Public to have a say on Founders Theatre's future

By Ged Cann

Add a comment
Executive director H3 Sean Murray.
Executive director H3 Sean Murray.

The public will get to have their say on the future of Founders Theatre.

Hamilton City Council unanimously passed a resolution last week to keep Founders Theatre closed while staff prepare a document for public engagement by the end of the month.

The four-week engagement will begin on May 1 and will include future options - and estimated costs - for the theatre which was closed in February over safety concerns with the theatre's flying system.

The resolution also specified the use of an independent survey company which will engage the arts community, as well as residents from Hamilton and throughout the Waikato.

Options included in the report to council included to redevelop, demolish and rebuild, or permanently close the theatre.

The cost to redevelop has been estimated at roughly $20.4m, with work to be phased over three years.

The option to demolish and rebuild comes with an estimated price tag of $48m-$52m, meanwhile the permanent closure would cost somewhere in the vicinity of $300,000.

Staff were also instructed to return a report to council no later than June 2016 with the detailed seismic assessment and a recommendation to address the Founders Theatre issues.

Executive director H3 Sean Murray said during question time that although seismic assessment would begin in the next couple of weeks, results were not expected back until the end of June.

"We're not entirely happy with that, however it is difficult to get availability of the specialist engineers for this type of building," he said.

A number of councillors questioned why public consultation would begin before the assessment was completed, but Mr Murray said the $20.4m estimated for a redevelopment was a "worst case scenario" and regardless of the seismic strength of the stage house and auditorium he did not expect the bill to increase.

The fall in patronage from a high in 2008/09 of over 100,000 to last year when patronage was a little over 60,000 was also picked up on, with councillor Garry Mallett pointing out the same period had seen the population of Hamilton increase dramatically.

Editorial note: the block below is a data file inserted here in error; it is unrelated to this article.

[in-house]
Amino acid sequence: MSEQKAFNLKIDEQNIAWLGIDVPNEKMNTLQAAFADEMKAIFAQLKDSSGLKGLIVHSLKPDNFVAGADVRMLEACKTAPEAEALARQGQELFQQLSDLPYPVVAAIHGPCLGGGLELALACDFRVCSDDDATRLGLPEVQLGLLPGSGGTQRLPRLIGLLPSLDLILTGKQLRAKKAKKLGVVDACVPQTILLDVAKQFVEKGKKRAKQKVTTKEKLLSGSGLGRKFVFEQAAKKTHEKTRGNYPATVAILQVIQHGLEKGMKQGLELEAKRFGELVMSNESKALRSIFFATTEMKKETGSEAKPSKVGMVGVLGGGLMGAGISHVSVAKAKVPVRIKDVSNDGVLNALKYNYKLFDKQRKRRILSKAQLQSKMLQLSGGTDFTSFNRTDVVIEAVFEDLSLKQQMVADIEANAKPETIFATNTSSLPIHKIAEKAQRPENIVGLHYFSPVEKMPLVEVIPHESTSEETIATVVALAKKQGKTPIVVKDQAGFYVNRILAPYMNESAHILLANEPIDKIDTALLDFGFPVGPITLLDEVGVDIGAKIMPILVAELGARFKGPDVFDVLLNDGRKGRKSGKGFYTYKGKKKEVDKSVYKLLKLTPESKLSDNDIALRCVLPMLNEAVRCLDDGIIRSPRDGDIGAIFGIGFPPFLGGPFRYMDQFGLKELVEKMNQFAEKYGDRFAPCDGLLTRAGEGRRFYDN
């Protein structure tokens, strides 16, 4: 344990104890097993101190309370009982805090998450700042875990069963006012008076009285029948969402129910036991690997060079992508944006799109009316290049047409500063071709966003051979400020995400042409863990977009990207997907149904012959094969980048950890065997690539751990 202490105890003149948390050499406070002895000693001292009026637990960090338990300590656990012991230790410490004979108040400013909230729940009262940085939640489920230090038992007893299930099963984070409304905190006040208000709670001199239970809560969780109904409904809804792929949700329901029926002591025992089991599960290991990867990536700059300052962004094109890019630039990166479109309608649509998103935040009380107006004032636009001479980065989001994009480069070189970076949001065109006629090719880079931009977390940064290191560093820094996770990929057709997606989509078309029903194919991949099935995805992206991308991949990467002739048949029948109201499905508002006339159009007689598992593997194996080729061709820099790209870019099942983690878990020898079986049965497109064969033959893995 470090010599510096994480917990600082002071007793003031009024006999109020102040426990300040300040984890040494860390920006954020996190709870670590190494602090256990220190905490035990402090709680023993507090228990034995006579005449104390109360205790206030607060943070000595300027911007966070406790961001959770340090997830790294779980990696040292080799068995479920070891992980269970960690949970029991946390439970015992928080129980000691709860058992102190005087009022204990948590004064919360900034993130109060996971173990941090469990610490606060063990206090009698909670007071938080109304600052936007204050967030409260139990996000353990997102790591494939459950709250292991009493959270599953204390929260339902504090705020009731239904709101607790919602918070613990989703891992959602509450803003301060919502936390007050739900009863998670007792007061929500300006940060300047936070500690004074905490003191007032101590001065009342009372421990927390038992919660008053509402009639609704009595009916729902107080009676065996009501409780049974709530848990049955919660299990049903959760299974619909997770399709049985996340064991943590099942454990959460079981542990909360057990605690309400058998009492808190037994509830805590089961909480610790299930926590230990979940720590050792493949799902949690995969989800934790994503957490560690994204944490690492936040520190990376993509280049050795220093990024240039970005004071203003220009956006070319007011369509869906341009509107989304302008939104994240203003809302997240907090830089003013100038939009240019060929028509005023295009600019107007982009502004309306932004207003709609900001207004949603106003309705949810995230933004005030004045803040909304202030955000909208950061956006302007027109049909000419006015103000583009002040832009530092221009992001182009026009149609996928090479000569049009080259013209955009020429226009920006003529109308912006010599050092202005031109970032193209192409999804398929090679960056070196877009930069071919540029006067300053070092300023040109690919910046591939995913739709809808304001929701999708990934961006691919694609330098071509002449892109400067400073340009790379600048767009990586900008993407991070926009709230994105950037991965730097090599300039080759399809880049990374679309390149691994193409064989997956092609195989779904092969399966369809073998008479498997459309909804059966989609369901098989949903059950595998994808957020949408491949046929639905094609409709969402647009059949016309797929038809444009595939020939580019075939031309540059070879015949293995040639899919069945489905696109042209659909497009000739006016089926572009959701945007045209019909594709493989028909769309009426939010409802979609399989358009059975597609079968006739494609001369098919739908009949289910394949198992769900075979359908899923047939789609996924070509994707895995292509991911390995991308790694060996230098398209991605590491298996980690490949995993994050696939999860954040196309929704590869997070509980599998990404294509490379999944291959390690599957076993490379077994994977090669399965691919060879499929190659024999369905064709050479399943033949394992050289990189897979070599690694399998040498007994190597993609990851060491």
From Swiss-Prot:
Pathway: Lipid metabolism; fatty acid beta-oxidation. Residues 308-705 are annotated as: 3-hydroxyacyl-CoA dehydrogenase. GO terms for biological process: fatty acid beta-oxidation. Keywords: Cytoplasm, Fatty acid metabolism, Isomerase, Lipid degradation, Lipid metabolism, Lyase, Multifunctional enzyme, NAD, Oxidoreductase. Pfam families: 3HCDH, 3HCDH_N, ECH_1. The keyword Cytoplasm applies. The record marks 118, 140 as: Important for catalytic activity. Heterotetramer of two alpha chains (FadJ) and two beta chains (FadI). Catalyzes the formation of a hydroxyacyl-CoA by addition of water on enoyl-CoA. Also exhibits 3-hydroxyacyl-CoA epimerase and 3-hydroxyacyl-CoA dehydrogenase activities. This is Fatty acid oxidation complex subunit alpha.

Mr Murray said the global financial crisis had effected patronage to theatres across the country and increased competition had also played a part, with a number of events like university graduations going to Claudelands.

"We've also had a fairly dramatic increase in the dissatisfaction of theatre goers with the facility, the service, the general comfort and so forth," he said.

The designation of Founders as a regional facility also raised the prospect of ratepayers outside the city contributing, and council chief executive Richard Briggs said it was not unheard of for a facility to be funded not only by the territorial authority where it was located but also by neighbouring authorities.

"I think the Westpac Stadium in Wellington is funded based on distance from the stadium to the next local authority, who pay a proportion of the cost ... It comes down to your relationships and your discussions and so forth with the region of what is appropriate," he said.

The public gallery was packed with those eager to discover the future of Founders, with a number of concerned parties making presentations.

Creative Waikato chairperson Sarah Nathan said the closure had sent shockwaves through the arts community.

"What I would like to speak about today is the flip side of this regrettable situation, and that is a phenomenally exciting and rare opportunity for Hamilton."

She said initial feedback favoured a rebuild.

"We all know there is rarely external money available for old and broken, but there is a strong case for attracting new external money for new and visionary."

She cautioned against "paralysis in election year" and warned of a "slow cultural death" without Founders.

Clarence Street Theatre general manager Jason Wade suggested a theatre on the river bank would fit well with the River Plan.

Hamilton Operatic Society chairperson Fiona Bradley said Claudelands Events Centre would serve as an interim measure, but was not a permanent solution.

"Please make your decisions wisely but make them fast," she said.

- Hamilton News

Get the news delivered straight to your inbox

Receive the day’s news, sport and entertainment in our daily email newsletter


Have your say

1200 characters left

By and large our readers' comments are respectful and courteous. We're sure you'll fit in well.
View commenting guidelines.

© Copyright 2018, NZME. Publishing Limited

Assembled by: (static) on production apcf03 at 22 Jan 2018 00:37:06 Processing Time: 307ms